I must confess that I miss record stores but I also must confess that I have finally succumbed to Itunes and all that is the digital music industry. It’s convenient and easy and for someone who lives in an area where there’s a 0% chance of finding any classic hardcore punk albums in any given store that sells CDs such as Target or Wal-Mart I have come to greatly appreciate Itunes. But still, I miss record stores and the experiences of going to a record store and finally finding that album that I’ve been looking for.
My first experiences with record stores come from my father who used to take my brother and I to the city to visit some of his old haunts. Years ago there were tons of record stores in NYC and now there are barely any. As a child I remember going into these record stores with my father and brother and watching all of the eccentric people who either worked there or were looking through different albums. Usually, I was bored because well, at that time, I had no interest in music. I distinctly remember the smells of the stores too and I honestly don’t know how to describe it either. Most of them were in the vicinity of the East Village in NYC. So in the midst of going to these record stores I also got to see and experience some of NYC’s finest in the form of transvestites, homosexuals, punks and homeless people. It also reminds me of how unaware of things children are, I didn’t have such labels for these people when I was 10 years old.
Eventually when I became a teenager I got into hardcore punk and found myself going to some of these same record stores that my father took me to when I was a child. It was always fun to hop on the 4 train and head down to the city in search of latest album of my desire whether Blood for Blood, the Cro-Mags, Madball or Agnostic Front. It was a tangible and communal experience, I usually went with friends and the records stores usually had fliers for upcoming hardcore shows posted on their bulletin board or wherever. On the way back home on the subway I’d look over the booklets of the albums that I had just bought excited to start listening to them when I first got home.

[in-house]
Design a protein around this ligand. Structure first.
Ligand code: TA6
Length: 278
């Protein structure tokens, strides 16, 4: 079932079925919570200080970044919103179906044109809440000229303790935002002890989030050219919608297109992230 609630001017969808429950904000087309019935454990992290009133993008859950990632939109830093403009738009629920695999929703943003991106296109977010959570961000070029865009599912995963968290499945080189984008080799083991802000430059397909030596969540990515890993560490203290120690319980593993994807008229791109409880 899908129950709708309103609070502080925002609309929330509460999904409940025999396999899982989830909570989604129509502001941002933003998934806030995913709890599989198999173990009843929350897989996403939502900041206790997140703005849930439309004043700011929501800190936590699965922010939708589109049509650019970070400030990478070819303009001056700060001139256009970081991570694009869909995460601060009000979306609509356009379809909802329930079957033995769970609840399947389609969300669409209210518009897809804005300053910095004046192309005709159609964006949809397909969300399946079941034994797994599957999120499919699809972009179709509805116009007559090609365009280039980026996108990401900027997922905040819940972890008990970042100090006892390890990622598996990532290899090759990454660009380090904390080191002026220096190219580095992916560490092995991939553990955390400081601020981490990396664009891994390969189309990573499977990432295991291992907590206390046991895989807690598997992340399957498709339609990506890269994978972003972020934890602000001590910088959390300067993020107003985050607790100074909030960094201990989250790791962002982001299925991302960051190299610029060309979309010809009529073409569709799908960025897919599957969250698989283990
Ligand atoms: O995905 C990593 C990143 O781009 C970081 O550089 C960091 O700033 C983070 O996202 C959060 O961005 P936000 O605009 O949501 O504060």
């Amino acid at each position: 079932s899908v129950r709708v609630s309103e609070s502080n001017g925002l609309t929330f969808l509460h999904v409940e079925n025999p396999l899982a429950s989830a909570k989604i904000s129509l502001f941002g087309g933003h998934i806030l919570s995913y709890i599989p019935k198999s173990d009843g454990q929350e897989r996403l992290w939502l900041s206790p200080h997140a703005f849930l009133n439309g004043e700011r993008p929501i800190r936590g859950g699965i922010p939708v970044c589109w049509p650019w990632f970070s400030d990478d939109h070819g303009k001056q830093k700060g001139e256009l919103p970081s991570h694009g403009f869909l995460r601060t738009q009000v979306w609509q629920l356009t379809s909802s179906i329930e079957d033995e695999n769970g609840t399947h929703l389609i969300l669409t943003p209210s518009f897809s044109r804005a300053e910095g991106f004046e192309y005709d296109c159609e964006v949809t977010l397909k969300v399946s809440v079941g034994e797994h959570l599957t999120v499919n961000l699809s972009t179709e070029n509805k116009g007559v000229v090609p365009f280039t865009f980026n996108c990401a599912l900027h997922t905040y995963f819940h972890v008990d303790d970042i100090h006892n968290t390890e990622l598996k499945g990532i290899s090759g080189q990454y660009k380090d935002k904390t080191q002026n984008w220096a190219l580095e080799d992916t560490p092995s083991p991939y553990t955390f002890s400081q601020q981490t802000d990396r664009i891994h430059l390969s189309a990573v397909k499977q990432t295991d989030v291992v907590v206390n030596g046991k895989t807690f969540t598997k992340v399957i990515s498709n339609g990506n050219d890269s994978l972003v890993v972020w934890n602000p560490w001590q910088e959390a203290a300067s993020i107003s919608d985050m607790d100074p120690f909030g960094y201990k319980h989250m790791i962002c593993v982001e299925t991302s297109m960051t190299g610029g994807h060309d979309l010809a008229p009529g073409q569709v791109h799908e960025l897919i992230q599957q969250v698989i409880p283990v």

Unfortunately, such experiences cannot be replaced by digital music stores on the internet and although they are convenient this is what many people are missing out on. Technology affords us many comforts but it also divides us and makes us more individualistic. As a result we miss out on community and tangible experiences with other human beings because we find more efficient ways of doing things that get us what we want in quicker and faster ways. Most of the record stores that I went to with my father are now long gone because of the digital age. Many will say that this is not necessarily a bad thing and in some ways they may be right (Heck, I’m using technology right now to connect with you all!). But still there is something special about tangible and, dare I say, incarnational experiences with other human beings.